“So I guess the signature is something like this?” Samantha asks, writing down some code:

template<typename T, size_t N>
void insertion_sort(std::array<T, N> &array);

I confirm.

“Okay,” she nods. “We cannot specialize a template based on a range of values without listing each out individually, but we can use SFINAE magic from std::enable_if. Off the top of my head, and I might be slightly off on syntax here, but I think it goes like this…”

template<typename T, size_t N>
std::enable_if_t<N <= 128, void>
insertion_sort(std::array<T, N> &array);

Highlighting the enable_if_t construct, she explains: “Before C++14, I think we’d have to write std::enable_if<…>::type. This is just a slight shortcut.”

[Question #5]

“Yep, quite right,” I say. It’s a happy coincidence that I had to use this construct yesterday, otherwise I wouldn’t have known. “Let’s write some more interesting code. Could you design the interface for a max heap class? We’ll continue with the implementation later.”

“Wow, it’s been a while since I’ve done that!” Samantha laughs, “I hope I can remember how that works! But the API should be easy enough. Let’s see what we need. Copy and move operations, like the standard containers. Add a value; find and remove the maximum value; maybe size?”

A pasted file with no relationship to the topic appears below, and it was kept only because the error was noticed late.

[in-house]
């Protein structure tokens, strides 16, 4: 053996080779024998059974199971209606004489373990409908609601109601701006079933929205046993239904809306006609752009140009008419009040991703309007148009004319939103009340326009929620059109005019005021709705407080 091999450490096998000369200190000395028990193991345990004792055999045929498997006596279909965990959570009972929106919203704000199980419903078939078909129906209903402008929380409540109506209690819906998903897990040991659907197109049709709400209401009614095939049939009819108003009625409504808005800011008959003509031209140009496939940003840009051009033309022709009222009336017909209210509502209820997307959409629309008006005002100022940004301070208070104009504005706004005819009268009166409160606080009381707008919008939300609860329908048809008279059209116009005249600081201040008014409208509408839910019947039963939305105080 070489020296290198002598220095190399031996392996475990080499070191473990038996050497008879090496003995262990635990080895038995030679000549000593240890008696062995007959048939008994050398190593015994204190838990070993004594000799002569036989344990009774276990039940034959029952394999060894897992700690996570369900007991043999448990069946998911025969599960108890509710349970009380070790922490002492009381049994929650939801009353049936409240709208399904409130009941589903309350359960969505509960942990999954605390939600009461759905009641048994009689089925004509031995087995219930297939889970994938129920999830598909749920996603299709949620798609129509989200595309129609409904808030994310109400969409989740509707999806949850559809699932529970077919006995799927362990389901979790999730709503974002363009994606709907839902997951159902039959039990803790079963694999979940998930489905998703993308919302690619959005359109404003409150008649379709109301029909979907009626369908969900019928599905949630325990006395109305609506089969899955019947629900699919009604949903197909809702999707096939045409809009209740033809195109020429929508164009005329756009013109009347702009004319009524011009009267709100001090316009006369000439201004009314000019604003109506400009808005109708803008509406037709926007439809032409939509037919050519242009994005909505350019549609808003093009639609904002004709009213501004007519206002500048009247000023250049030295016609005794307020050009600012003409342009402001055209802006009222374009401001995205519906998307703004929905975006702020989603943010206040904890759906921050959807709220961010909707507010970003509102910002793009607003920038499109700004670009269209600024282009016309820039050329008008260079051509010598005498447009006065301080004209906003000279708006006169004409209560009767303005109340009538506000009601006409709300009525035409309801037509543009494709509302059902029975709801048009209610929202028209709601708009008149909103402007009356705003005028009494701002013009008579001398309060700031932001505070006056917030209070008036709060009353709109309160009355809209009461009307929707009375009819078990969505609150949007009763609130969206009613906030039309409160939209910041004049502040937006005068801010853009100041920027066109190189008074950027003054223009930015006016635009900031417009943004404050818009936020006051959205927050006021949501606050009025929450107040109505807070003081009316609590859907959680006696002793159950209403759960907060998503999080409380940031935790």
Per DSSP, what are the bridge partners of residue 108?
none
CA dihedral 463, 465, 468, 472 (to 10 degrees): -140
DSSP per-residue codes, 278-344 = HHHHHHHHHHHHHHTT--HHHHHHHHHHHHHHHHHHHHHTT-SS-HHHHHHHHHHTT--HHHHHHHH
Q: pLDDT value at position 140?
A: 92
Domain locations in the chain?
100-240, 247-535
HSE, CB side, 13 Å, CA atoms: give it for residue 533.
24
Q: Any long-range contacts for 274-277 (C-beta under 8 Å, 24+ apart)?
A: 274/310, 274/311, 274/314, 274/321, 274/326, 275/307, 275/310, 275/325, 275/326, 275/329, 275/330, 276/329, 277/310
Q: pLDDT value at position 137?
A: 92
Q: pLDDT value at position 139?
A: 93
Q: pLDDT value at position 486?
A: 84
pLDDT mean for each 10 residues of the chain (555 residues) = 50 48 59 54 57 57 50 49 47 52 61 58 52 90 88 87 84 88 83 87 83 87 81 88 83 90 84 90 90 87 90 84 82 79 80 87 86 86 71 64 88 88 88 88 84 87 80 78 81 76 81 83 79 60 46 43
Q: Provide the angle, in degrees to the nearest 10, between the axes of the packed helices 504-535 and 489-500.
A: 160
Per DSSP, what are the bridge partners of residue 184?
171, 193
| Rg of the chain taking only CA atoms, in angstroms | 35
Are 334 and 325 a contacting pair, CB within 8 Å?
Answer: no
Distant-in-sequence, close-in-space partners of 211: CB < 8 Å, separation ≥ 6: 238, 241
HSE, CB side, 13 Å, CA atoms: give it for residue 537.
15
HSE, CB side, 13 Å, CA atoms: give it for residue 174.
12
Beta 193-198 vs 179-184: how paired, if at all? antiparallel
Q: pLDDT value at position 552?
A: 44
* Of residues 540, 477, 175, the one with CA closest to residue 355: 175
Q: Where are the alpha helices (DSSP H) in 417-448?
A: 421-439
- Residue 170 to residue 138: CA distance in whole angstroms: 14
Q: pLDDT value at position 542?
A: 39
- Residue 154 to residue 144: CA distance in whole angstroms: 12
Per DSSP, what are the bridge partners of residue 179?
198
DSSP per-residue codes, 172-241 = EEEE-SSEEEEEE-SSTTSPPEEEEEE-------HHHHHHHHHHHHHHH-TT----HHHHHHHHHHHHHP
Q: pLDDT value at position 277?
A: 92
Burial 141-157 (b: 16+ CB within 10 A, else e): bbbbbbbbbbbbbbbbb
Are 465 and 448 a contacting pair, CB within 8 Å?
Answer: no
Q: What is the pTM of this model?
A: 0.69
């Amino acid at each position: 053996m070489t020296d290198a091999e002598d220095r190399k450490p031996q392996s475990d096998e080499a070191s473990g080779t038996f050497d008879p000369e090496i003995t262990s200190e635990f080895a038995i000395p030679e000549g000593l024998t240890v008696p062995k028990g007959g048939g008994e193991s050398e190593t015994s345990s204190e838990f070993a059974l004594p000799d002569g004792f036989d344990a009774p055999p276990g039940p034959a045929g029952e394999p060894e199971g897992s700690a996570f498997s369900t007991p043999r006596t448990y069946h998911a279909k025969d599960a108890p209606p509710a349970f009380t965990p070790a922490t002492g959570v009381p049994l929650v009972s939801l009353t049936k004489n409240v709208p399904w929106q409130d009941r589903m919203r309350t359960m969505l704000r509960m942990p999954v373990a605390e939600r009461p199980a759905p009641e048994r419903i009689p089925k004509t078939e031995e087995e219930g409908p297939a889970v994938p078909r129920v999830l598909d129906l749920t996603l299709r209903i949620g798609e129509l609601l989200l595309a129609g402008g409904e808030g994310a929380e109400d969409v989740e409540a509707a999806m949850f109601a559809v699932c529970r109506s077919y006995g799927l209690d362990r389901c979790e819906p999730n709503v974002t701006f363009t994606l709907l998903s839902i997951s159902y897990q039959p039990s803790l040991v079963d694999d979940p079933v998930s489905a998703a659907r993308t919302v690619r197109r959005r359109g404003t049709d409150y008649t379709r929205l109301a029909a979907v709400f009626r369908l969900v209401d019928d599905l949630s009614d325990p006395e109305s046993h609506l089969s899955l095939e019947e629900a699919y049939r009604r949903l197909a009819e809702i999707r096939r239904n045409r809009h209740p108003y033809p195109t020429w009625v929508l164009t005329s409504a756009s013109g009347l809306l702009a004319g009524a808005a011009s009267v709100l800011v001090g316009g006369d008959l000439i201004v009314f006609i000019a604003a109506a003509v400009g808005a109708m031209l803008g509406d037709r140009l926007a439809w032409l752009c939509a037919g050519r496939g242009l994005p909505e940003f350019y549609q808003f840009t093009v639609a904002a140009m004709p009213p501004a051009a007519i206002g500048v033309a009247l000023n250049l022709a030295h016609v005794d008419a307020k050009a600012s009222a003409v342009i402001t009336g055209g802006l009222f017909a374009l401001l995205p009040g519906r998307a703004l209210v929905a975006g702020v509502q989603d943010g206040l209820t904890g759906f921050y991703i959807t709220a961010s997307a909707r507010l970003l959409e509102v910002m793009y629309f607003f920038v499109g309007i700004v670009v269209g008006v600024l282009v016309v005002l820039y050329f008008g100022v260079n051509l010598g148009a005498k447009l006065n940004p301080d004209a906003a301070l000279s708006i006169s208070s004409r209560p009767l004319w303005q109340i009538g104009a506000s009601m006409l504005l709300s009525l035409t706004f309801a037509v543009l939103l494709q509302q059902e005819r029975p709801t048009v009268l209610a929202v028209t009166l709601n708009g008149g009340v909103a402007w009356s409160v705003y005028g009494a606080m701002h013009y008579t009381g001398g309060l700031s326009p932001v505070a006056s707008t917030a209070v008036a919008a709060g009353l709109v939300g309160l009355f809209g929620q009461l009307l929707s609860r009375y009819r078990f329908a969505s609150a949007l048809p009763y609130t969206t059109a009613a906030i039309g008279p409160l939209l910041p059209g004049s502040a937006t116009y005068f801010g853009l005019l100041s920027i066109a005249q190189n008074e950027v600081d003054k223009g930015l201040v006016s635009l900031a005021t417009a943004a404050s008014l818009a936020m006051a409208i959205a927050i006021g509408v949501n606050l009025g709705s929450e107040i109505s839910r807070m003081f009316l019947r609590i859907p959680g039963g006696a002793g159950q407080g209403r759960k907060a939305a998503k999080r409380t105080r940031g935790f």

She can see I’m smiling, so she continues:

“Iterators might be nice as well, but I’ll leave them out for now. For implementation, a heap is most efficiently stored in an array. If I base the implementation on a std::vector, I get all the move and copy stuff for free.”

template<typename T>
class MaxHeap {
    public:
        void add(T const &value);
        T const &max() const;
        T remove_max();
        size_t size() const;
    private:
        std::vector<T> elements;
};

Many candidates, when presented with such a question, will implicitly assume integers. It’s nice to see that Samantha starts off with a template, which will make the code more reusable, and writing it more interesting. She also takes care of const correctness. There’s no mention of noexcept, but then again, it might be reasonable for all of these functions except size() to throw an exception.